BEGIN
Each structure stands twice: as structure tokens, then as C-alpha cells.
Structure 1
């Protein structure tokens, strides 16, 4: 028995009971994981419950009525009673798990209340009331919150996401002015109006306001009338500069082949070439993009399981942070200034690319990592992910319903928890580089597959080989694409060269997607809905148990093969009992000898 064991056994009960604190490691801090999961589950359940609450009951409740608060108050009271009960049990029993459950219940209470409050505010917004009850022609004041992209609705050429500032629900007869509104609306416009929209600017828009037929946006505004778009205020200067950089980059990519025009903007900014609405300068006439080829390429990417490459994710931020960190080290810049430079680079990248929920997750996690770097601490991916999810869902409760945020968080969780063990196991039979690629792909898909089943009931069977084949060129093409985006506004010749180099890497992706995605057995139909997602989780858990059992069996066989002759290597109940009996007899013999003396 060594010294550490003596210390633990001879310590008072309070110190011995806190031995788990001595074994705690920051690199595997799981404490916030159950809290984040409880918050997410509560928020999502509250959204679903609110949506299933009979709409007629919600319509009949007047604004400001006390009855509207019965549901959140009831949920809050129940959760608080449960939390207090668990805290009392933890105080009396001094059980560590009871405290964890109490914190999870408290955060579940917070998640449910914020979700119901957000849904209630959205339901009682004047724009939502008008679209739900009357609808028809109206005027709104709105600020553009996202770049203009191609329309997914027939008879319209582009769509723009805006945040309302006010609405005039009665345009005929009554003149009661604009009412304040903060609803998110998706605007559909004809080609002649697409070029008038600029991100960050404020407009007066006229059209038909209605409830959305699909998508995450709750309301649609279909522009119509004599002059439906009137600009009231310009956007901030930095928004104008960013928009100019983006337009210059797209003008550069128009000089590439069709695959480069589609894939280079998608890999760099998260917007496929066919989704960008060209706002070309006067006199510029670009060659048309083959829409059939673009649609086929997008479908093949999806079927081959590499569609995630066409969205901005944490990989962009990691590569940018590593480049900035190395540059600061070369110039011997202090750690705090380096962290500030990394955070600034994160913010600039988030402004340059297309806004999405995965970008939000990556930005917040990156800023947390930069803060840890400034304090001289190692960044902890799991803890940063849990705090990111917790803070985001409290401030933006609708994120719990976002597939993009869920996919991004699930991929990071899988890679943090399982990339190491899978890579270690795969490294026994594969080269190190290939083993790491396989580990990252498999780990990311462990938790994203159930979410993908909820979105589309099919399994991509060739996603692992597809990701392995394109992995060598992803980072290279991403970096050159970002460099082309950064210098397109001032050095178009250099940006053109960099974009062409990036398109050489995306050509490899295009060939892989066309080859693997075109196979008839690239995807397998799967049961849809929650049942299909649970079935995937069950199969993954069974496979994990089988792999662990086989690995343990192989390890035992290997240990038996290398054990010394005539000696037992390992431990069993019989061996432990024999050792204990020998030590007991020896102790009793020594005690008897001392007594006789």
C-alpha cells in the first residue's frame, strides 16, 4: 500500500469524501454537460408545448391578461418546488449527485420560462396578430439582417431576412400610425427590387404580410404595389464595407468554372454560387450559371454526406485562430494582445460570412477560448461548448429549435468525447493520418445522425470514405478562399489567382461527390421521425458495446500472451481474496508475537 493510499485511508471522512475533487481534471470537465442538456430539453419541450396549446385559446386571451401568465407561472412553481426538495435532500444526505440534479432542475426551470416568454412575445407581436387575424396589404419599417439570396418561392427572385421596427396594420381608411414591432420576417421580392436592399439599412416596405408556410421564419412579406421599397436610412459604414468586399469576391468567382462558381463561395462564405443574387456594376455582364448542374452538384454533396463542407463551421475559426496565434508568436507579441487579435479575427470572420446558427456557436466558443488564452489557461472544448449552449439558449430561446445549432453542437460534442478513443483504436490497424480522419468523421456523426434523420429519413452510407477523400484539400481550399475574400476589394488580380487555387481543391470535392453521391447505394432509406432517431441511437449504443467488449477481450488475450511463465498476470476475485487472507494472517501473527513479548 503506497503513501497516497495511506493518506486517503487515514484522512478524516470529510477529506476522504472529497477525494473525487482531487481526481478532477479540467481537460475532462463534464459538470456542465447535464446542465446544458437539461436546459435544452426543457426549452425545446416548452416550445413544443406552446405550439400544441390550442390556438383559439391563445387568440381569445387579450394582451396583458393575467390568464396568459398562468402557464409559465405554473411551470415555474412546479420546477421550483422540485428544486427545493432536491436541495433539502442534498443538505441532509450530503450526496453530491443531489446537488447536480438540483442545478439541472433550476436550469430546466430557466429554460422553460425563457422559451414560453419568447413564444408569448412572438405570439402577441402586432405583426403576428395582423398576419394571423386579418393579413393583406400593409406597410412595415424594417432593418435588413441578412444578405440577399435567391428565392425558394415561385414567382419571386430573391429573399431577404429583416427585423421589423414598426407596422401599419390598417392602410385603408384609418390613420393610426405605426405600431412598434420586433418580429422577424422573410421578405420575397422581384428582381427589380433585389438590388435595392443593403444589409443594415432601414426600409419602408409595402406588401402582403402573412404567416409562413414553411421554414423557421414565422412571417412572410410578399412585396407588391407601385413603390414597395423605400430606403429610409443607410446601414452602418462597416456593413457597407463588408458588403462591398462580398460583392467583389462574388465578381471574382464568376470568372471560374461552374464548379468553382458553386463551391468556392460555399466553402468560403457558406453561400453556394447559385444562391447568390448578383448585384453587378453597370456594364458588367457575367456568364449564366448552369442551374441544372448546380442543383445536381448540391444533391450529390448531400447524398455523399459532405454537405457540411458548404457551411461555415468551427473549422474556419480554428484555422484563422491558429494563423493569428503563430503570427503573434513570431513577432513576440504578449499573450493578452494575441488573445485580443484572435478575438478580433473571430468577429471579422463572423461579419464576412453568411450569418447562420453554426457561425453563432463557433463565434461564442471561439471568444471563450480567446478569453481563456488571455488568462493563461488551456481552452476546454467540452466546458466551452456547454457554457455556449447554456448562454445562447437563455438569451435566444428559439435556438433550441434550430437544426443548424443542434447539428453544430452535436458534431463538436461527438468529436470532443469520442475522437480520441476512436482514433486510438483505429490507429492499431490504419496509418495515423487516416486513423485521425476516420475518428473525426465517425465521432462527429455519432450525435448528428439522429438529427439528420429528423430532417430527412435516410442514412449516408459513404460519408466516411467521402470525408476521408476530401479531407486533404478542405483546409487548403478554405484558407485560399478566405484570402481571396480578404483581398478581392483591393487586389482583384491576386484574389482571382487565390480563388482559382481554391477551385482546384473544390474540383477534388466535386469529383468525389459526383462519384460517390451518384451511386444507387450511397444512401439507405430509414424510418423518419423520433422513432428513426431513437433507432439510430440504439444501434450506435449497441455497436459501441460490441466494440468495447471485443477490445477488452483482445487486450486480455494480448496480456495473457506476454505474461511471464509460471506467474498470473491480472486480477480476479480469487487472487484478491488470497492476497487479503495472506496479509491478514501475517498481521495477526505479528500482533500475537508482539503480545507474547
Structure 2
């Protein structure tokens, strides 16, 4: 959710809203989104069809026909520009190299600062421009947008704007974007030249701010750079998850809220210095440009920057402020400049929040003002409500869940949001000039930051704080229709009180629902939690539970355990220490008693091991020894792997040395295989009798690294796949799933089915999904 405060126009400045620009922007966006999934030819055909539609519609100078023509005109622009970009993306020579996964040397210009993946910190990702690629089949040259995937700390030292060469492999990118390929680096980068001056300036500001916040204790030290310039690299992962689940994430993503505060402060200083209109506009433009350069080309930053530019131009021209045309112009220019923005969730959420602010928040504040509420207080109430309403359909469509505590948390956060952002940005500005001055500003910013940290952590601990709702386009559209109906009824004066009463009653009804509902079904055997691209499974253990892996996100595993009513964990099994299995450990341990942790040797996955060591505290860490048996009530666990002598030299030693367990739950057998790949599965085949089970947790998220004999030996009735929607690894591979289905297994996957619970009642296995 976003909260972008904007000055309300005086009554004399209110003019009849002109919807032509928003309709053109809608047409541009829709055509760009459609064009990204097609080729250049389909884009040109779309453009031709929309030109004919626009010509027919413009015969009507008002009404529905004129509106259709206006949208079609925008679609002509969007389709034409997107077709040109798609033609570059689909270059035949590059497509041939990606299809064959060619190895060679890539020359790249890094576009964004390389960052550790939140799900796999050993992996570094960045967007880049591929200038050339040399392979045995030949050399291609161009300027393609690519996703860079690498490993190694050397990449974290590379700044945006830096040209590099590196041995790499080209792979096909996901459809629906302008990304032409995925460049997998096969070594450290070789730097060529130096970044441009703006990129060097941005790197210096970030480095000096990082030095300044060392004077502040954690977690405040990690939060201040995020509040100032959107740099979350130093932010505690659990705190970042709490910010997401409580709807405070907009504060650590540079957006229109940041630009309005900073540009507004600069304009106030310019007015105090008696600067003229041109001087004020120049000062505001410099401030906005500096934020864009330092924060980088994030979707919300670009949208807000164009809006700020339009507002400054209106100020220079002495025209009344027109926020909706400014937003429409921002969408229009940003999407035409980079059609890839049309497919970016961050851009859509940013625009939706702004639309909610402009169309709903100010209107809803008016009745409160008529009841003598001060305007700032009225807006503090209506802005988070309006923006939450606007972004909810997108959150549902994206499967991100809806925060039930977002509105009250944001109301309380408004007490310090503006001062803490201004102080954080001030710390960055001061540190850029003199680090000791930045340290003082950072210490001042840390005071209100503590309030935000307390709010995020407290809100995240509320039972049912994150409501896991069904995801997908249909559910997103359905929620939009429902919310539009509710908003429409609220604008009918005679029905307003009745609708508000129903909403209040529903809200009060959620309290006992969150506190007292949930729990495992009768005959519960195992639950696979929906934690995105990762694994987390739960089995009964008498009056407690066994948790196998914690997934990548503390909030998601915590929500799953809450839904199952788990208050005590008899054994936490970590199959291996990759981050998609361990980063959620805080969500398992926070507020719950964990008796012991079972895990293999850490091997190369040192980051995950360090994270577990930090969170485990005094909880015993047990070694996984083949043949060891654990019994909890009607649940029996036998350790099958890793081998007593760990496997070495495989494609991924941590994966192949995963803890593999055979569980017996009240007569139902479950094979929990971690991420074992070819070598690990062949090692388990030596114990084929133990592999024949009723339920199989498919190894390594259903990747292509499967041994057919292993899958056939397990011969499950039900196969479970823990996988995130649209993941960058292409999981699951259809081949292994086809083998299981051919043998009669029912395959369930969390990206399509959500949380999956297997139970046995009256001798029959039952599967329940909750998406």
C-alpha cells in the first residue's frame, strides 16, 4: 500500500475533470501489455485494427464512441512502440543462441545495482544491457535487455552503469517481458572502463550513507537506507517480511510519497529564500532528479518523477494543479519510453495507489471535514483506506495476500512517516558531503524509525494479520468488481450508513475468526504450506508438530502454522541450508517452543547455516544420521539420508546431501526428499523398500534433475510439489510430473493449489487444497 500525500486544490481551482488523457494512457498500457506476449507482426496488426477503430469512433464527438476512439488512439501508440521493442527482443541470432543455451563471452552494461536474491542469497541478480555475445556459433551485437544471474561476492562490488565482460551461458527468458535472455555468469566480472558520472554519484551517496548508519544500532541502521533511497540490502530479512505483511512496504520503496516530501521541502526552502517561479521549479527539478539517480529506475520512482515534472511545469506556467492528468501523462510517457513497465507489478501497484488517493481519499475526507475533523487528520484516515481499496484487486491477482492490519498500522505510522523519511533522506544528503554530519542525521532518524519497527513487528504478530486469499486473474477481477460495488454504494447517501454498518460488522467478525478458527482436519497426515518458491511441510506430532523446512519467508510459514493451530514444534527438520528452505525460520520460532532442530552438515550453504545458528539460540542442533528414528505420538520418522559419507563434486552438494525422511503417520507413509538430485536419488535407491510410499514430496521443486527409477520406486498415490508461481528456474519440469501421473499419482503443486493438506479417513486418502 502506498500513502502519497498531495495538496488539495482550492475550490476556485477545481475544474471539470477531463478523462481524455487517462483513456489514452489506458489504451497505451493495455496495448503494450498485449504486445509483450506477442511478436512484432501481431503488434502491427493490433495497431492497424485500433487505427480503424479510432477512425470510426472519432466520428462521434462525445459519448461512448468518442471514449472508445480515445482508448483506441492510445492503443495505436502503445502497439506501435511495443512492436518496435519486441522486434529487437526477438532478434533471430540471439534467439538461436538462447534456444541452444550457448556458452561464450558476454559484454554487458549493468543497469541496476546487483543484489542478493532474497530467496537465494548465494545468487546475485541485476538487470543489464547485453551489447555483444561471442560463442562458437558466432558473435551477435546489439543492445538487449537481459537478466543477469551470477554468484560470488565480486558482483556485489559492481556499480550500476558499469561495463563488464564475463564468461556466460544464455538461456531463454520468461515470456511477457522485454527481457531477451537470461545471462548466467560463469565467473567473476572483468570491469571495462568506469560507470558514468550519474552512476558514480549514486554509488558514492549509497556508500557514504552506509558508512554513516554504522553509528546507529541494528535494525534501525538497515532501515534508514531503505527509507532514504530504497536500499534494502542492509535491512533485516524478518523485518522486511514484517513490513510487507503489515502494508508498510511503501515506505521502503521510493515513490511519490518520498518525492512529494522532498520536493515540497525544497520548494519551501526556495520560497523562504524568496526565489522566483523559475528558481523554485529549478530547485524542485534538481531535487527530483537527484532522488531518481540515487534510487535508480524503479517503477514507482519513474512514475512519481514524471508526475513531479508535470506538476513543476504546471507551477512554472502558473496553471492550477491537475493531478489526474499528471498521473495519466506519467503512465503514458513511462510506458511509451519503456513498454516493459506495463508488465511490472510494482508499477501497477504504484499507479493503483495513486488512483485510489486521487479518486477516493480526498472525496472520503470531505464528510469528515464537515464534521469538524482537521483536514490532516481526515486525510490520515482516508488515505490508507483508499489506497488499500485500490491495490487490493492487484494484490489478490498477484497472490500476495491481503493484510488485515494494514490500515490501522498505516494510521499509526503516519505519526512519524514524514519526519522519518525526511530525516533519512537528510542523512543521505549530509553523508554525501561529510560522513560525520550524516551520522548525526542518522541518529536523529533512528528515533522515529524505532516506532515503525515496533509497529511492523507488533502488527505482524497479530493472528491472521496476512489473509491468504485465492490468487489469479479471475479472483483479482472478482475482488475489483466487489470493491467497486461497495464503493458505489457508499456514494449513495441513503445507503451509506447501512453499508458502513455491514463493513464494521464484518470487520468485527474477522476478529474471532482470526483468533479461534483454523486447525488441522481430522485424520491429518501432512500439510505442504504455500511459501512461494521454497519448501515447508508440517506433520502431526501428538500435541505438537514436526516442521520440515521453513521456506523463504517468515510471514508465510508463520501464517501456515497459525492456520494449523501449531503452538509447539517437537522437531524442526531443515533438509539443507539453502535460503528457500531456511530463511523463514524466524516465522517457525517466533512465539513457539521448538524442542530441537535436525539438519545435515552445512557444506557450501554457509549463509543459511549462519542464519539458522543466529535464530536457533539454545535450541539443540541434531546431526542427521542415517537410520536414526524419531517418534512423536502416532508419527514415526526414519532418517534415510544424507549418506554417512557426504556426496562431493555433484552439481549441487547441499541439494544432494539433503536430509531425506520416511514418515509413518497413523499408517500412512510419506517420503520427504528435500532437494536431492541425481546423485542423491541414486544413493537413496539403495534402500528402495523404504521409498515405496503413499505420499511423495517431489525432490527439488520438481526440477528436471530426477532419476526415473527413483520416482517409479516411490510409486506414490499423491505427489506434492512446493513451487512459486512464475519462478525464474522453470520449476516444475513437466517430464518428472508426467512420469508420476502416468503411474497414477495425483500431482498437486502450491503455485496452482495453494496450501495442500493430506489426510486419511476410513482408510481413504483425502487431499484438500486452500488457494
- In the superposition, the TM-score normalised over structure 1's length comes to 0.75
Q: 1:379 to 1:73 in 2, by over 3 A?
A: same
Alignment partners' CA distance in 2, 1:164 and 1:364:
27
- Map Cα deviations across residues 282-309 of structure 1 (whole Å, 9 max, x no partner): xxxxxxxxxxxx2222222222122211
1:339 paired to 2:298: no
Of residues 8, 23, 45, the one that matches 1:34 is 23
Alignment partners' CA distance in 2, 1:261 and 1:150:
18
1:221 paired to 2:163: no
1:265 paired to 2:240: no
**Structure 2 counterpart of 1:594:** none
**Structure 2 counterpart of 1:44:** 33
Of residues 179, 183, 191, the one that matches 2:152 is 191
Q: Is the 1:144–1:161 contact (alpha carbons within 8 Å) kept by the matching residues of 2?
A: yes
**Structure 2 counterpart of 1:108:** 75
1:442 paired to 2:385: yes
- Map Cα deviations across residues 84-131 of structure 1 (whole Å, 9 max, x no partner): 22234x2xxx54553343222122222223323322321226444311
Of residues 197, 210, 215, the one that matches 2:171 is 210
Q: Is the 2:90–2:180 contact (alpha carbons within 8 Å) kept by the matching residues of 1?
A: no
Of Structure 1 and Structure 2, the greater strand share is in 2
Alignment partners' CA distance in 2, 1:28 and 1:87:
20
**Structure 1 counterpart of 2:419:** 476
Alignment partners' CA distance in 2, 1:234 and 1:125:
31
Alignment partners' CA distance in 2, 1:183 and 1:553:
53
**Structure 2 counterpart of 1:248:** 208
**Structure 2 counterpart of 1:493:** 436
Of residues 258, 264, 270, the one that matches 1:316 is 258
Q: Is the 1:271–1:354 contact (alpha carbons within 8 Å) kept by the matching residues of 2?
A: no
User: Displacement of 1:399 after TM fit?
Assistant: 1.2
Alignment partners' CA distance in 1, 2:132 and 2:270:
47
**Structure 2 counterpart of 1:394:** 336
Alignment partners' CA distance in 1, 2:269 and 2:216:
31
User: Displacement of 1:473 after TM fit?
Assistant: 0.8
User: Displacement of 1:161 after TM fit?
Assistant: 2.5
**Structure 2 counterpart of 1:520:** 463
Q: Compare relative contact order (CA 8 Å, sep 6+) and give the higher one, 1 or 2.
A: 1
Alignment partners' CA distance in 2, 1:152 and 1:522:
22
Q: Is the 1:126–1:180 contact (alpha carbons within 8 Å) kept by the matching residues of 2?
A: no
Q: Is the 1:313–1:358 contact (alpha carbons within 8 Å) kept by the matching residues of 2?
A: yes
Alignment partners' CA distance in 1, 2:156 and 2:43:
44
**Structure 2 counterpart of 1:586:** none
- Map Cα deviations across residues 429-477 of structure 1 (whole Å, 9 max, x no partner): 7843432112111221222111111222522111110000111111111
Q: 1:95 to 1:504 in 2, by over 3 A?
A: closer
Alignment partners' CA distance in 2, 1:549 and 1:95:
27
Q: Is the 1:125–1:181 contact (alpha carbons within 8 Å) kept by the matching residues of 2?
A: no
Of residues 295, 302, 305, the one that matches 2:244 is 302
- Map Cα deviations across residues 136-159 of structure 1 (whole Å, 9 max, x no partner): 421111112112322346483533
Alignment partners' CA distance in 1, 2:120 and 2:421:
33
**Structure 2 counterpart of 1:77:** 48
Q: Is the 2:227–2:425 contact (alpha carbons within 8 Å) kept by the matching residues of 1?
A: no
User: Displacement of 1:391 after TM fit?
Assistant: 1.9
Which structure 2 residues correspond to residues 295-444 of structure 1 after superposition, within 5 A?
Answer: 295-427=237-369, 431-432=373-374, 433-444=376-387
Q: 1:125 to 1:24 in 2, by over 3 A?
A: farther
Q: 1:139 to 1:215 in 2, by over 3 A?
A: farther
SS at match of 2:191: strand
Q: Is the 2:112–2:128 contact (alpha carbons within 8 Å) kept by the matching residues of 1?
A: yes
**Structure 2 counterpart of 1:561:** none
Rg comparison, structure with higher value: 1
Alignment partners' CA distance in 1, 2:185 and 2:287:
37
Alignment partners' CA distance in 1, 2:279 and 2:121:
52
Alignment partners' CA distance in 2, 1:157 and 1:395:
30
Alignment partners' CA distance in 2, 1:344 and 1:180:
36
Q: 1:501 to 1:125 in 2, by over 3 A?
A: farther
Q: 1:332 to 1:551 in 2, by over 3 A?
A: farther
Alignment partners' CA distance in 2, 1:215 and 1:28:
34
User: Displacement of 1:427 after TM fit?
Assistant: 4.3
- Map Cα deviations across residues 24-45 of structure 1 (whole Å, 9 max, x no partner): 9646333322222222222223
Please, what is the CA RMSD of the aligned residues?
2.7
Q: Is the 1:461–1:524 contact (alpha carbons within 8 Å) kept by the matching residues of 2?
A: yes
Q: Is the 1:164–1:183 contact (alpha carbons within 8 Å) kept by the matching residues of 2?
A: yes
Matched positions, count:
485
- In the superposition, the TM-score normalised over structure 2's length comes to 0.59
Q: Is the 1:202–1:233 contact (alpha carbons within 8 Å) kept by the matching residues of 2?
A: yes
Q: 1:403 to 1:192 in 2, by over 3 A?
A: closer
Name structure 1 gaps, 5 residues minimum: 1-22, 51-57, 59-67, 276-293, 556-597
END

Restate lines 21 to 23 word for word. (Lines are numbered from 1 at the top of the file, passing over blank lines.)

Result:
**Structure 2 counterpart of 1:44:** 33
Of residues 179, 183, 191, the one that matches 2:152 is 191
Q: Is the 1:144–1:161 contact (alpha carbons within 8 Å) kept by the matching residues of 2?